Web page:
Lovage Harvest for 2017

Lovage is commonly known as a pot herb, it is a huge plant and those with limited space often remove this outstanding plant from their garden because of this.. I will be doing three collecting and harvests of this plant over the season.. One will be used for kitchen use for cooking, one will be for herbal use for salves or tea’s and one will be for use in my green mix for my winter use for livestock.

The most common thing that folks use Lovage for is a celery replacement in soups and stews, It is a very strong celery flavour, a little goes a long way. It’s leaves dry up nicely for storage and retain its flavour for the winter use till the plant is growing again the next year.

This is a tough garden plant.. it’s not fussy, its tough as nails and it gets big! mine is currently taller than my 5,10 hubby by at least a foot or so at the top. Its seeds can also be collected and used in cooking if you would like to do so.

However to me, that is the reason you should have lovage in your garden, (it’s a good enough reason) but it not THE reason..

It’s a well-studied plant and that means that its one of those lovely’s that has moved from “traditional use says” to the detailed studies say that this plant has “this chemical” and that it does this in the human body in this dose.

I adore plants that have both a traditional history but also a proven in the lab results! They just rock!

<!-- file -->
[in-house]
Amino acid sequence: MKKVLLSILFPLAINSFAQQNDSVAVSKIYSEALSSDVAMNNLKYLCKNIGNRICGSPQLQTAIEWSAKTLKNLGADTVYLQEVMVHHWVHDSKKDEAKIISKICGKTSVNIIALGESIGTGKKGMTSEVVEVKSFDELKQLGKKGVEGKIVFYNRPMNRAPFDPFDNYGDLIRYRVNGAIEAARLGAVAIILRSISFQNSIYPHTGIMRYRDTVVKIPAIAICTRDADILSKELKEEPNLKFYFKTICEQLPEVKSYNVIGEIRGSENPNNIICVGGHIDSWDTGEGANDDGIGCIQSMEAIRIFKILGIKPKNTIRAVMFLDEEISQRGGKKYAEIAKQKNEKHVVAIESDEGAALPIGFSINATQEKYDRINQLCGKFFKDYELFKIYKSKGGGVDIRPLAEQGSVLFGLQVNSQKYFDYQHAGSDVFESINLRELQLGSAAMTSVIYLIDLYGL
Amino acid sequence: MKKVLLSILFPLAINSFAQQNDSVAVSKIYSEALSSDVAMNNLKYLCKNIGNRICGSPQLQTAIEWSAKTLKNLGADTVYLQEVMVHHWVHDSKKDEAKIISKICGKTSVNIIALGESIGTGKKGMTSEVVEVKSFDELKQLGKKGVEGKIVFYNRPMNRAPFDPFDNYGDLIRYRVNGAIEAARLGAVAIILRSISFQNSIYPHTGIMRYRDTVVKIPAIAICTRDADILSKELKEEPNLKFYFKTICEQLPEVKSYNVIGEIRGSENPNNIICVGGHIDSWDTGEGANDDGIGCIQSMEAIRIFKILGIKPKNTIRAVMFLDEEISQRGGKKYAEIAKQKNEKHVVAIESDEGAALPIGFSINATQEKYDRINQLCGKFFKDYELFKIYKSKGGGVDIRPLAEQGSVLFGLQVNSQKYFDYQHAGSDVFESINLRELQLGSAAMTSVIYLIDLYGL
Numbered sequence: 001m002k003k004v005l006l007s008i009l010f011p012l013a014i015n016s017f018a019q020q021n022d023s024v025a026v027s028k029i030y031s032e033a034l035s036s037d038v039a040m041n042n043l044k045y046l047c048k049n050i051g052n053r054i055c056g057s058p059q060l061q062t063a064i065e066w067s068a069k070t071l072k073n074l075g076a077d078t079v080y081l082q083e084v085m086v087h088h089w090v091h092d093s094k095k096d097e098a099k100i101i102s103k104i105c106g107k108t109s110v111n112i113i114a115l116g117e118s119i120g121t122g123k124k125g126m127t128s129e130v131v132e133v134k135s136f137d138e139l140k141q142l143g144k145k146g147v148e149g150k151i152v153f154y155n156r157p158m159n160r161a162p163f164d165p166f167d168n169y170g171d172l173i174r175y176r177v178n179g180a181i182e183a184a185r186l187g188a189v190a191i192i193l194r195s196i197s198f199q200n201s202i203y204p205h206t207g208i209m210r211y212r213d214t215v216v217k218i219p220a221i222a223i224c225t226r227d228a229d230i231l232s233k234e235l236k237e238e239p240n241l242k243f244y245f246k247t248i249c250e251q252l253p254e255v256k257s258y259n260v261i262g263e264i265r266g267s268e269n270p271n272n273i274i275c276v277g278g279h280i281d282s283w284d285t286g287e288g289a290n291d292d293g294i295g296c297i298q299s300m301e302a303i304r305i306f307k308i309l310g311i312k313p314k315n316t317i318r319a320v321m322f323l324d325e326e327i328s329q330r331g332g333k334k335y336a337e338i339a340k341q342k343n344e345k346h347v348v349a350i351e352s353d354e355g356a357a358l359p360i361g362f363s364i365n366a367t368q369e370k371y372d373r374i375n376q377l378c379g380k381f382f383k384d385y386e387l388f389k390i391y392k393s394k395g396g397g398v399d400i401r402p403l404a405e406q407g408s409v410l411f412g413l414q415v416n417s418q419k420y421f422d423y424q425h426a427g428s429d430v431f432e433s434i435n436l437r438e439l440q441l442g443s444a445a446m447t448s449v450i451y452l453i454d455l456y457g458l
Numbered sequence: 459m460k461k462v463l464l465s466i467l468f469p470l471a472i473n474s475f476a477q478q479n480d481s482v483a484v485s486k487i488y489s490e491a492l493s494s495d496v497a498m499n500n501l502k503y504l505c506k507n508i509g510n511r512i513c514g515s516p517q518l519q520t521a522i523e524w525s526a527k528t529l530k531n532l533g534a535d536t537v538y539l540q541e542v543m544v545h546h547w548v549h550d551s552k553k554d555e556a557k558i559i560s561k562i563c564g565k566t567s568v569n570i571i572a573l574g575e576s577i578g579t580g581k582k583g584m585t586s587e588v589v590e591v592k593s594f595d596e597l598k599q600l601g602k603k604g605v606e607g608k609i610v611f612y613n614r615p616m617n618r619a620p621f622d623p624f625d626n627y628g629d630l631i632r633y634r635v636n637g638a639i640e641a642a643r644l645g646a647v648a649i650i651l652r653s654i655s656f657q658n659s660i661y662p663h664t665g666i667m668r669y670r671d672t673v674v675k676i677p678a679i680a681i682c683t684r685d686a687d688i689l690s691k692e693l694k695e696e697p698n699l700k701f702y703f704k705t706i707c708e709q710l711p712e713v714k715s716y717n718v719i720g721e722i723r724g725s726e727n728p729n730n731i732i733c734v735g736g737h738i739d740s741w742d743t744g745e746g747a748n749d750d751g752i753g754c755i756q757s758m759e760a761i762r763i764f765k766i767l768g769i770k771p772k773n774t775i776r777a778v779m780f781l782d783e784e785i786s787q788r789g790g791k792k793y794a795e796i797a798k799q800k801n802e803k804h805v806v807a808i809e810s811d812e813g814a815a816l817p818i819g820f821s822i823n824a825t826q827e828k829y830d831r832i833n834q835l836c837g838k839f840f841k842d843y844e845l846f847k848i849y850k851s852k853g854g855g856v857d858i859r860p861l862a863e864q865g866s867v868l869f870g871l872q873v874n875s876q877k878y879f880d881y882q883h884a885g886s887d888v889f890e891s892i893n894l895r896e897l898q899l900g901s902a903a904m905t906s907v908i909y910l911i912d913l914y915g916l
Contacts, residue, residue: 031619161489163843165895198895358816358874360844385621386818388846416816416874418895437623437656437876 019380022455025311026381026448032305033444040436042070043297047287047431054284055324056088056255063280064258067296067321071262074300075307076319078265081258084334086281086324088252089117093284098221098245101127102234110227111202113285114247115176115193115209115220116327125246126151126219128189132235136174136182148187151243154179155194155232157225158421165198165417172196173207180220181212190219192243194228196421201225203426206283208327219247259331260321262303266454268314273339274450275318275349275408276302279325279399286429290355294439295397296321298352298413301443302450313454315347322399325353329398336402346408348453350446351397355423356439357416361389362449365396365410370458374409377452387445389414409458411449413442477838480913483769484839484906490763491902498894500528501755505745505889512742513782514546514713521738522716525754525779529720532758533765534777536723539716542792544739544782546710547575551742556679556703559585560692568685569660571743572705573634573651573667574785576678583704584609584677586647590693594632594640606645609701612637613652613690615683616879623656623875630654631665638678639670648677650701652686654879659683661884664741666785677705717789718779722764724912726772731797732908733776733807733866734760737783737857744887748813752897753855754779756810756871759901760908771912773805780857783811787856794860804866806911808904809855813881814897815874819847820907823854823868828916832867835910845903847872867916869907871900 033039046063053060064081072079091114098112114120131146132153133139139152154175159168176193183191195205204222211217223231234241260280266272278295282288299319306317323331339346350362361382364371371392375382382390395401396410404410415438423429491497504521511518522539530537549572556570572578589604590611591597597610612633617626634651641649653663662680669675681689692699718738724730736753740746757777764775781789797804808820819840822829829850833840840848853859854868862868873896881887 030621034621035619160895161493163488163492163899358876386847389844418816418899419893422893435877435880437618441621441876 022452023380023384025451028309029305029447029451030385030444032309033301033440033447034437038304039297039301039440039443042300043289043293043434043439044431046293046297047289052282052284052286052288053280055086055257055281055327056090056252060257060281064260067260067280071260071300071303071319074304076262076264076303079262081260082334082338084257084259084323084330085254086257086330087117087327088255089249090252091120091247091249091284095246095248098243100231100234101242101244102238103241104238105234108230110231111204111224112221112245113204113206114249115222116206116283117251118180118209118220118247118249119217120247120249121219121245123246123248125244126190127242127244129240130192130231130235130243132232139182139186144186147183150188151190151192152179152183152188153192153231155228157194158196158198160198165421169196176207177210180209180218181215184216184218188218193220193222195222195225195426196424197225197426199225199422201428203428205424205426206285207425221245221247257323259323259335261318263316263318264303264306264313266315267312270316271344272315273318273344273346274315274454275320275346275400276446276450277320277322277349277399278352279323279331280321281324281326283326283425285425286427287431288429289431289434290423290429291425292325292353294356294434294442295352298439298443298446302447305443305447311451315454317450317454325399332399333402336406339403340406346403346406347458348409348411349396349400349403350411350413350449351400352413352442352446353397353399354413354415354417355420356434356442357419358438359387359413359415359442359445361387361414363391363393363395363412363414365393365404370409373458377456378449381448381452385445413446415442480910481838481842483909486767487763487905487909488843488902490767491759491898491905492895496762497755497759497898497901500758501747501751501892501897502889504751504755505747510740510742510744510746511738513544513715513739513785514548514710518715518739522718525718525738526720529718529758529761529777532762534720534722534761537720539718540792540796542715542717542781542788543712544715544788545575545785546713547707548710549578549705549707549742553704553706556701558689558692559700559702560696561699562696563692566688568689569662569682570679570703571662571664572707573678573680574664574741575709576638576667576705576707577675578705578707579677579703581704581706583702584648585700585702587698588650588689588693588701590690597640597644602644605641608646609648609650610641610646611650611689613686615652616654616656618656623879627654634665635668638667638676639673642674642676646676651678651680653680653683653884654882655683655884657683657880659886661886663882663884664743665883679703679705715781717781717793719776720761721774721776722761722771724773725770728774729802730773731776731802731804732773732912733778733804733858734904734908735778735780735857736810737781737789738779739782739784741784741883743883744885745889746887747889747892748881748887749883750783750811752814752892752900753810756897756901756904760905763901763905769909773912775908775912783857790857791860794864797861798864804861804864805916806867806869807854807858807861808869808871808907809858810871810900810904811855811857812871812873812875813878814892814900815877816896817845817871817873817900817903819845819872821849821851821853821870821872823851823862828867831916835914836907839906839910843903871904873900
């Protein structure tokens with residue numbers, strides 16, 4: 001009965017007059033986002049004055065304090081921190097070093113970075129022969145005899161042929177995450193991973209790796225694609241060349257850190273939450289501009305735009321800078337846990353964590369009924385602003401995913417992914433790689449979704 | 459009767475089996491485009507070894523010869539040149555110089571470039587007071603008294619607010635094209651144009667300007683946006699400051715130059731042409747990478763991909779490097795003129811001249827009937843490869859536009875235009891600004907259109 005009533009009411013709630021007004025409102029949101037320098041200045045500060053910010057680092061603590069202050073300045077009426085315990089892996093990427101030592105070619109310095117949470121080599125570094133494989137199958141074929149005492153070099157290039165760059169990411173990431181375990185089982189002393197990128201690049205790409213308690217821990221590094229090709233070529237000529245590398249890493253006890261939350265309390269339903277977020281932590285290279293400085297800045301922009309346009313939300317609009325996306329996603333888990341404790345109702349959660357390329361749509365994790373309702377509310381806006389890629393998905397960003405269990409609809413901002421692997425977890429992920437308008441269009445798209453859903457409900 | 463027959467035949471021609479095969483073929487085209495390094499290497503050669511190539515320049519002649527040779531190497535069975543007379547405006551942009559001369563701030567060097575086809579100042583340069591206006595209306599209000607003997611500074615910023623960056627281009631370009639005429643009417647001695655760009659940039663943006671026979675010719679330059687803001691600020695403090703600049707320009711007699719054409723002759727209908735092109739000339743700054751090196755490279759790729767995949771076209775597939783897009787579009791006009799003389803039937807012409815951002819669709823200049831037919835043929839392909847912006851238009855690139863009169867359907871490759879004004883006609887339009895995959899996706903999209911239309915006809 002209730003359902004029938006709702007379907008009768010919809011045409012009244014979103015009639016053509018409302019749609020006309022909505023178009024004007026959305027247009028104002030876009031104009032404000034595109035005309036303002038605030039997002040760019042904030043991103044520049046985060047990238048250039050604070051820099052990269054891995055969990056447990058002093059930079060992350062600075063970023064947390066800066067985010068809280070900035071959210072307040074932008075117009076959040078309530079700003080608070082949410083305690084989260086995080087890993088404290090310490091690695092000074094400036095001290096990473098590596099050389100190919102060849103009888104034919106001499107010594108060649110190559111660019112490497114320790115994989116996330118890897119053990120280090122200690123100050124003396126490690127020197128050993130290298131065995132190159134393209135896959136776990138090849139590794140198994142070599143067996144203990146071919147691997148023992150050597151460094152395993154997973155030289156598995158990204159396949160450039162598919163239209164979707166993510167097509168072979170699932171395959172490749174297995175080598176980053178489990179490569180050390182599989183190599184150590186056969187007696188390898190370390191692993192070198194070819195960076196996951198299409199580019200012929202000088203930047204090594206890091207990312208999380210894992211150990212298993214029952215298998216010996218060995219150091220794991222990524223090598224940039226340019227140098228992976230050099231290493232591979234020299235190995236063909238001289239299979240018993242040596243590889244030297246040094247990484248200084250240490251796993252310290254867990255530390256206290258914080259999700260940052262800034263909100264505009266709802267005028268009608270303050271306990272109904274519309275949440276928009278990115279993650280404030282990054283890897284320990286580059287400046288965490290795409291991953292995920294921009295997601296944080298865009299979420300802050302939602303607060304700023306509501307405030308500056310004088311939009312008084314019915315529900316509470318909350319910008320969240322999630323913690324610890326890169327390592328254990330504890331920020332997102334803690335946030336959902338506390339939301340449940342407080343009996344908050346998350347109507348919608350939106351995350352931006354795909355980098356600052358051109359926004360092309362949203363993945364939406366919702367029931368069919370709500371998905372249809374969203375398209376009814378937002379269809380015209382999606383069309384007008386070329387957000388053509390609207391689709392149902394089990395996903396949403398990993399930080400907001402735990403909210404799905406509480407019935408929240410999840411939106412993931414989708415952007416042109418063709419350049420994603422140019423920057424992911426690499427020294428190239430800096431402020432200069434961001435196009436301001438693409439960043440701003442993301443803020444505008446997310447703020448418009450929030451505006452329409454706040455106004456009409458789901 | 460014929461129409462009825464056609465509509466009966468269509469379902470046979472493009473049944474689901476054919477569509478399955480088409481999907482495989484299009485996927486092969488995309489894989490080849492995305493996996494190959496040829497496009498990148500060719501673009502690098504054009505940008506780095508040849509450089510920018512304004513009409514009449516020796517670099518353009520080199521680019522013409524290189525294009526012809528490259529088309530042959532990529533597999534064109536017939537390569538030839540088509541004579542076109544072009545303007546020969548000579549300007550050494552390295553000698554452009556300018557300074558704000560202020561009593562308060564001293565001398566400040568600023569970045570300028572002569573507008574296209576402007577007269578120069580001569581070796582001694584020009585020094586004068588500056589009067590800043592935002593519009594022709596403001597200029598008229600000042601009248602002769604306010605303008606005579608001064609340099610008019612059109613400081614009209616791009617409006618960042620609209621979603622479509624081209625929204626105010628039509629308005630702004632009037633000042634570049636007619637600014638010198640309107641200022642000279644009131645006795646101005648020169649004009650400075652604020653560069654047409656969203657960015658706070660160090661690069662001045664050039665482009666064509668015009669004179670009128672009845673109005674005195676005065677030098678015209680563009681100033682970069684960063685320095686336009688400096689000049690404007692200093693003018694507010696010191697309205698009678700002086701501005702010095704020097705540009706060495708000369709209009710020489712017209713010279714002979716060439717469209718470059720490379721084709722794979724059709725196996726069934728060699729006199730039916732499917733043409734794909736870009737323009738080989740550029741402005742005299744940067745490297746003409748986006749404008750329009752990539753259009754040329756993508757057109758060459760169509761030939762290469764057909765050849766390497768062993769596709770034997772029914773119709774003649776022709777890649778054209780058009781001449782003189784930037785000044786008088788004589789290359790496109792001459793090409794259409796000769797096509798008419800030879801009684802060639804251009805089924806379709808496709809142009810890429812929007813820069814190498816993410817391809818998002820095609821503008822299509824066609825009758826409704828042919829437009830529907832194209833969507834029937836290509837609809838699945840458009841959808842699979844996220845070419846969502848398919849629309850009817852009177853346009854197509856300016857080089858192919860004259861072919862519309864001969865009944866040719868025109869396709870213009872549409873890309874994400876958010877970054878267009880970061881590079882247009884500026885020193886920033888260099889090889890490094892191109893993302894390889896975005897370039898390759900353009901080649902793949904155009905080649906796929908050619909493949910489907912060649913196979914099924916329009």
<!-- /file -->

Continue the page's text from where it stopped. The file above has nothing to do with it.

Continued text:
https://www.globalhealingcenter.com/natural-health/10-benefits-organic-lovage/

It got good info in it but more important, at the bottom of the page, its got all the links to the medical studies to support its proven information..

I use lovage in a number of my skin salves, I use lovage in my homegrown herbal tea blends and I have been known to powder it and put it into my animal health green mix.

This Pot Herb should be dried and available in your pantry for far more than its strong celery flavouring 🙂

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16 Responses to Lovage Harvest for 2017

  1. D > When we came here in 2002, this (then very neglected) garden had thickets of lovage! We dug all but two plants out, and kept them only because, though we don’t use the leaves or seeds – all too strongly flavoured for us, we were reluctant to rid the garden of something that (a) clearly does well here (b) might yet prove to be useful. Now, thanks to your post, we’re thinking that time might have come!

  2. Heather says:

    I just put my first lovage plant in! So excited!

  3. I am learning all kinds of stuff today. I have a huge plant growing beside my house. Now I know what to do with it. I am thinking I might tincture it. Thanks for this.

  4. Great link, thank you!
    How fast does it come along from seed?

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